For Christians, and Catholics have long been the largest religious minority in Vietnam, the issue was complicated by the history and the lifestyles of the Nguyen emperors. For some time the Nguyen emperors were infamous around the world for their persecution of Christianity however, later, they came to tolerate and accept the religion with some even embracing it. However, the lifestyle of the last Emperor did little to endear him to Vietnamese Catholics, especially when he came to be rivaled by the austere and devout Catholic mandarin Ngo Dinh Diem. His Catholic wife might have been a greater help as she was beloved by all sections of society but his constant philandering did his cause no help. By the time the Emperor settled down, married a French woman and converted to Catholicism himself his days on the throne were long gone as were any reasonable chance of it ever being recovered.
            However, even at the very least, the Crown Prince held symbolic significance for Christians in particular among the rest of the Vietnamese community. If we are to give the late Emperor Bao Dai the benefit of a doubt and assume that his conversion was sincere and part of a heartfelt turnaround in his life, then we must assume that he would have converted in the same way if he had still been Chief of State for Vietnam. In that regard, we can say that the immediate Vietnamese Imperial Family became Catholic and that the Vietnamese monarchy would have been Catholic (it essentially is in exile today) and Crown Prince Bao Long would have been the first Catholic to become Emperor of Vietnam.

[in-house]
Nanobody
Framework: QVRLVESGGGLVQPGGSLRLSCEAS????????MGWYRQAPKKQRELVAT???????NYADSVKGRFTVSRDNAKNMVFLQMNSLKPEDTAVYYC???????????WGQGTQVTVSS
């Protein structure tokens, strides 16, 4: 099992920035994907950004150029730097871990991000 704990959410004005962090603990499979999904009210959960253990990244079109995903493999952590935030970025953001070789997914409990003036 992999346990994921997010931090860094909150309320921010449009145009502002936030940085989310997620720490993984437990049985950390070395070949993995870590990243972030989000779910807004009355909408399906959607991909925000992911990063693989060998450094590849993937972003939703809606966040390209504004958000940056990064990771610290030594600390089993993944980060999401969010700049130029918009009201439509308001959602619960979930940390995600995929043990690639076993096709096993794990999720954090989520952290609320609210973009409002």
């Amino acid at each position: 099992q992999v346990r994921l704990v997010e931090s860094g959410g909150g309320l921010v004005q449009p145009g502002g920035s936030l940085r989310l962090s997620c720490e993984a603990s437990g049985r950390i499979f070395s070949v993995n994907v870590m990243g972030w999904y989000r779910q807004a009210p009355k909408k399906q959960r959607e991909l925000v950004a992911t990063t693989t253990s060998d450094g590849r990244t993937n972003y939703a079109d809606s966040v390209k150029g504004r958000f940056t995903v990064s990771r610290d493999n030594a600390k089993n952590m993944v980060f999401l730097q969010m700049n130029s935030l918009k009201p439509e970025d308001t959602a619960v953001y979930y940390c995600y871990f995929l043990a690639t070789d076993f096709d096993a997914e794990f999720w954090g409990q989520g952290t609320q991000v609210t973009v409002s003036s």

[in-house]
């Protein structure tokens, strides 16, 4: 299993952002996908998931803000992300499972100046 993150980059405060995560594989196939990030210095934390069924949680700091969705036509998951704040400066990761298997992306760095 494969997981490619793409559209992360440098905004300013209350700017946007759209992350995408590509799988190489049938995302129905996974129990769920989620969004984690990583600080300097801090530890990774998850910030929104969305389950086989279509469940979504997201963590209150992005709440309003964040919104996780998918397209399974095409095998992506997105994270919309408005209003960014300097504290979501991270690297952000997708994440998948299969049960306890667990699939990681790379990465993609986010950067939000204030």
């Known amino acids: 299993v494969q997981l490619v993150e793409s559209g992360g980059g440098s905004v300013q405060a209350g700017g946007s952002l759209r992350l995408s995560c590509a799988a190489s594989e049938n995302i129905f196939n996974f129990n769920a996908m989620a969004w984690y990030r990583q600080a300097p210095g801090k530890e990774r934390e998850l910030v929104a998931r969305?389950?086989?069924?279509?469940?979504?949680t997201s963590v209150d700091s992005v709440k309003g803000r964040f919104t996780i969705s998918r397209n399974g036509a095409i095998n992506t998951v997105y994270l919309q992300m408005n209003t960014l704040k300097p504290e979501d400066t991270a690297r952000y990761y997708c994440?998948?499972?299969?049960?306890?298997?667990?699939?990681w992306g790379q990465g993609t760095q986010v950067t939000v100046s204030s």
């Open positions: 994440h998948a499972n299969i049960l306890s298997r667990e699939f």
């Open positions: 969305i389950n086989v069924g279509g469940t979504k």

Imagine what that symbolism means. The Vietnamese monarchy would have come full circle from the Catholic Crown Prince Canh, son of the founder of the Nguyen Dynasty, who died before he could succeed his father. Without playing any active role whatsoever, Crown Prince Bao Long, the de jure Vietnamese emperor, represents how God will meet His people half way but that the people must do their part as well. By simply existing, through circumstances totally beyond his control, Crown Prince Bao Long embodied the free, tolerant and Catholic monarchy that Vietnam could potentially be today if things had gone differently in 1945 when so many chose to put their faith in communist demagogues rather than the traditional institutions of their country. For that reason, if no other, Crown Prince Bao Long deserves to be remembered and remembered well. He represented a Vietnam that might have been, he represented a more traditional, open and libertarian Vietnam; a monarchy, as opposed to the intolerant, totalitarian communist regime that has ruled the whole country since 1975 and is still going brutally strong today.
Rest In Peace Crown Prince Bao Long